10.28.2011

To Vaccinate or Not to Vaccinate, that is the question...



The new-ish HPV vaccine has had lots of media exposure over the past few months after presidential candidates Rick Perry and Michelle Bachmann disputed it's safety and/or risks during debates.

The New York Times reports a federal advisory committee has now recommended that boys and men should also be vaccinated for HPV. The paper goes on to explain:

HPV infection is the most common sexually transmitted disease — between 75 percent and 80 percent of females and males in the United States will be infected at some point in their lives. Most will overcome the infection with no ill effects. But in some people, infections lead to cellular changes that cause warts or cancer, including cervical, vaginal and vulvar cancers in women and anal cancers in men and women. A growing body of evidence suggests that HPV also causes throat cancers in men and women.

The HPV vaccine must be given in a series of 3 shots and costs upwards of $300 out-of-pocket since most insurance companies do not cover the cost.

It's Feedback Friday...

How do you feel about the HPV vaccination?

Do you think the vaccine should be added to the list of state required vaccinations?

Do you think insurance companies or the government should cover the costs of this vaccine?

Are your children, boys or girls, vaccinated against HPV?


**Interesting point brought up in the comments - do you think of this as a vaccine against Cancer or a vaccine against STD's?

23 comments :

  1. My oldest had it 3 years ago and my youngest will be getting it soon

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  2. I'll try not to go all big brother conspiracy theory on ya, but think about it....no one wants their daughter to get an std (well duh, teach them not to sleep around..bingo..that was free ;)). So, the major pharm companies make this vacc that prevents it...everyone gives their girl a shot...chaching! Those dollar signs are quite inticing, so now lets make it that every boy should get it too!

    What studies have been done to prove that this actually works?...or worse, that it won't harm our kids? I am very skeptical of an institution that's run by former executives of the industry.

    Obviously, my kiddos will not be getting it ;)

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  3. My oldest is 13 (a son) and I have no plans of getting this for any of my 3 children. I'm not a big fan of mandated vaccinations and a one for all approach. I don't think my kids fit into any type of box and shouldn't be put into one just because our government thinks it's good for the whole. I have selectively vaccinated my kids and will selectively not be getting this one for my children.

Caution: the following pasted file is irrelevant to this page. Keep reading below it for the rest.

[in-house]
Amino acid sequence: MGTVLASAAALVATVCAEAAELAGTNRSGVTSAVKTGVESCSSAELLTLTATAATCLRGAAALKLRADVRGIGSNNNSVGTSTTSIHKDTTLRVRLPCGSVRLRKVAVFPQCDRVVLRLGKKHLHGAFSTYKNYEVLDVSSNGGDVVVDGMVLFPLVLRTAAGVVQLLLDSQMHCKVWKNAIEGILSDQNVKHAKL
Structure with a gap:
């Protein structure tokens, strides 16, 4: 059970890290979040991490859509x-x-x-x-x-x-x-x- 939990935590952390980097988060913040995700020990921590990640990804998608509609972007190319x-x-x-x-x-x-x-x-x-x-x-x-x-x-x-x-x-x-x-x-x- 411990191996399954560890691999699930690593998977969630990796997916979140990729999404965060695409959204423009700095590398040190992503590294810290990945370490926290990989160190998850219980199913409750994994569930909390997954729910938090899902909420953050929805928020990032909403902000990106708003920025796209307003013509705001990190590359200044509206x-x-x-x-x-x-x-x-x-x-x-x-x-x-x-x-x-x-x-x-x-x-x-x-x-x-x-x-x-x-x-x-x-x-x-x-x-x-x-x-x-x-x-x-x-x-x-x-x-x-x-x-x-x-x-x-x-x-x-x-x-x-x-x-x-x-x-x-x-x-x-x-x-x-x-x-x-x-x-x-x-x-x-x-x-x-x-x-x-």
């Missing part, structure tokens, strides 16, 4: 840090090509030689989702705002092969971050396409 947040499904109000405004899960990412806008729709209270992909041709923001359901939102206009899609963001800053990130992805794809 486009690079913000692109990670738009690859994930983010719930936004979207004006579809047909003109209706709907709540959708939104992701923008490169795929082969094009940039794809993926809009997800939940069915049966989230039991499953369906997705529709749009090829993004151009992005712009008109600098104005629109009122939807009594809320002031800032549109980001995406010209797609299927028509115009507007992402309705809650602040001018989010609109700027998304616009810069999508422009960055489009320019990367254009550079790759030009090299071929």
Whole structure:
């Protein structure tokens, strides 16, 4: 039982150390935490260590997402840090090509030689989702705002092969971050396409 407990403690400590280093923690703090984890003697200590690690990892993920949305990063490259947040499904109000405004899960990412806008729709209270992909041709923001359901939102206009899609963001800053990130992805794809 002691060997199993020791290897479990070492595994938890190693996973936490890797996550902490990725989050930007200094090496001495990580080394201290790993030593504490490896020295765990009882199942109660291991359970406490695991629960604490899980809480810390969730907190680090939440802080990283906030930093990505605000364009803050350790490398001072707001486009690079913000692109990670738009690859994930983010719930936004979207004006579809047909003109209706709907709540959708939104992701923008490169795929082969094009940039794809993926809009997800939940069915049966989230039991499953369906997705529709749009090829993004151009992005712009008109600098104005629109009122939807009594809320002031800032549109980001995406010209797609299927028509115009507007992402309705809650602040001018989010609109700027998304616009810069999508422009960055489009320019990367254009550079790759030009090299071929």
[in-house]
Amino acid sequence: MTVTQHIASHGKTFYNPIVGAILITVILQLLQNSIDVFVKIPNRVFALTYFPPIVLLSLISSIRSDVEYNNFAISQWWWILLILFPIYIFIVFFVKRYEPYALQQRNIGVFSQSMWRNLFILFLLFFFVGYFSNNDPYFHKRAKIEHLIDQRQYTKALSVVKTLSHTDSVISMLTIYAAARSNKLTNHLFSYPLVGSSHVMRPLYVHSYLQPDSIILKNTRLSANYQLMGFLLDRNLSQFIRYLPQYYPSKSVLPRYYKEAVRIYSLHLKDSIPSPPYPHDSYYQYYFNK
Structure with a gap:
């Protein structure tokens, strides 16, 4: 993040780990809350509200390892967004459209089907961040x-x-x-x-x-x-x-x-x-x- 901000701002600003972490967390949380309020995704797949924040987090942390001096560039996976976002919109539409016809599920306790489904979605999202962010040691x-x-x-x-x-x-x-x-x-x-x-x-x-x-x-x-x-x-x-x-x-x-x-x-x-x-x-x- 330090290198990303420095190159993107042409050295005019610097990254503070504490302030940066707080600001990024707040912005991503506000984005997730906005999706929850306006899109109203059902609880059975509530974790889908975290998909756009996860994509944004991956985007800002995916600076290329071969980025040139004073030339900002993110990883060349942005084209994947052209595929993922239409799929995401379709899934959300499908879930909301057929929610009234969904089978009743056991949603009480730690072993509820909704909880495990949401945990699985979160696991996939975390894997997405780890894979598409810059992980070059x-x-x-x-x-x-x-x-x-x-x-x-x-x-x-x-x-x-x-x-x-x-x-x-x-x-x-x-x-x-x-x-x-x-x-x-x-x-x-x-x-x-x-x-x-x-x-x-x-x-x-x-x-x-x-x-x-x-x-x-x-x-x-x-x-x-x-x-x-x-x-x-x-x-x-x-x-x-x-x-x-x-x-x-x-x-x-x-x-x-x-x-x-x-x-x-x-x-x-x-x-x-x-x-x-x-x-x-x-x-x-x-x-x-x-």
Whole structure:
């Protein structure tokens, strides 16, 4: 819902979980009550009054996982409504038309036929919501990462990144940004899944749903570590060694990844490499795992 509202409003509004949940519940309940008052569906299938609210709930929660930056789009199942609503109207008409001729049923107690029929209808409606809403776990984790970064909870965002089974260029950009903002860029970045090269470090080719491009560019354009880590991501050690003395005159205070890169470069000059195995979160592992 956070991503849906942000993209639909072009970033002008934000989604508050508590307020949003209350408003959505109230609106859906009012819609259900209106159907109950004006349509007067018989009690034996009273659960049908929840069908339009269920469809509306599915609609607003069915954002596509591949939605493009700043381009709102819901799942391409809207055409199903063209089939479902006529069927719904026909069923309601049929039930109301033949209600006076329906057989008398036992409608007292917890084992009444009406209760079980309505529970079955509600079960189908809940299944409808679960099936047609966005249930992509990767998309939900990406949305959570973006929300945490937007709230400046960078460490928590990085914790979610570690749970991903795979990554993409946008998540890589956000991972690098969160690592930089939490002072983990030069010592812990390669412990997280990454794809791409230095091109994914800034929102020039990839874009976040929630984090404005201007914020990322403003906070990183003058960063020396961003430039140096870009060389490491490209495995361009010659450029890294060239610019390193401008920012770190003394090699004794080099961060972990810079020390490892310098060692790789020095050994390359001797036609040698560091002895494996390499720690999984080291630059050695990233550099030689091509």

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  4. I've never wanted to vaccinate my son, who is now 6. Of course, with it being mandated, he has gotten all of the vaccinations up to this point. I pray hard over that boy each and every time, for God to protect him from any negative effect it may have. I agree with the comment above that said we should teach our children abstinence. I don't agree with vaccinations being manditory, but certainly understand the reason for it... however.. a vaccination for a sexually transmitted disease.. yeah I don't think that should even be available, much less mandatory. Teach your kids the importance of not having sex until marriage. Giving a teenager a vaccination for an STD is just as bad as sticking a condom in their pocket or putting them on birth control.

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  5. This is such an interesting topic! To date, both of my kids have either been on a delayed vaccine plan or no vaccine plan (medically necessary for one). We skipped several and plan to skip several others. The HPV vaccine is definitely one that has always been on my skip list. I hope that it does not become mandated because I don't feel it is necessary for all kids. Parenting can just as easily help prevent HPV in most cases.

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  6. my kids are 4 and 7 so this isn't on my mind right now.

    but i do know this you can teach your kids to not have sex, and they will any way. teenagers are the most hormonal group, and are not know for their better judgement.

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  7. What happens when those kids grow up and ARE sexually active? Would you still want them to have protection then?

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  8. You know, If I had it all to do over again I'm not sure I would be a vaxer at all. I'm really not totally on board. My husbandand I talked about it when the kids were young but we eneded up going with the majority and vaxing.

    When my daughter was diagnosed with Type 1 diabetes we did lots of reaserch, of course, and the vaccine thing popped up many times in that research. As did several other factors. I find the whole vaccine thing very challegning. I can't change what I already did by getting them, but if I had to do it all again....not sure what I'd do.

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  9. All Yes'! I had HPV several years ago. It's since disappeared, but since then I'm a huge advocate for the vaccine.

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  10. I don't plan on having my kids get the vaccine...and if I change my mind, it won't be for a while. My oldest is only 6.

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  11. For a virus that is transmitted by non-traditional means (traditional being air, day to day regular contact), I don't think it should be made mandatory because it will drive up already skyrocketing healthcare costs.

    At the same time, to not get the shot for your children because you assume in the future that they will save themselves for marriage is naive. Not only that, there's not guarantee even if they do that their partner has done the same.

    I currently have no children, but when I do, they wll all be getting this shot.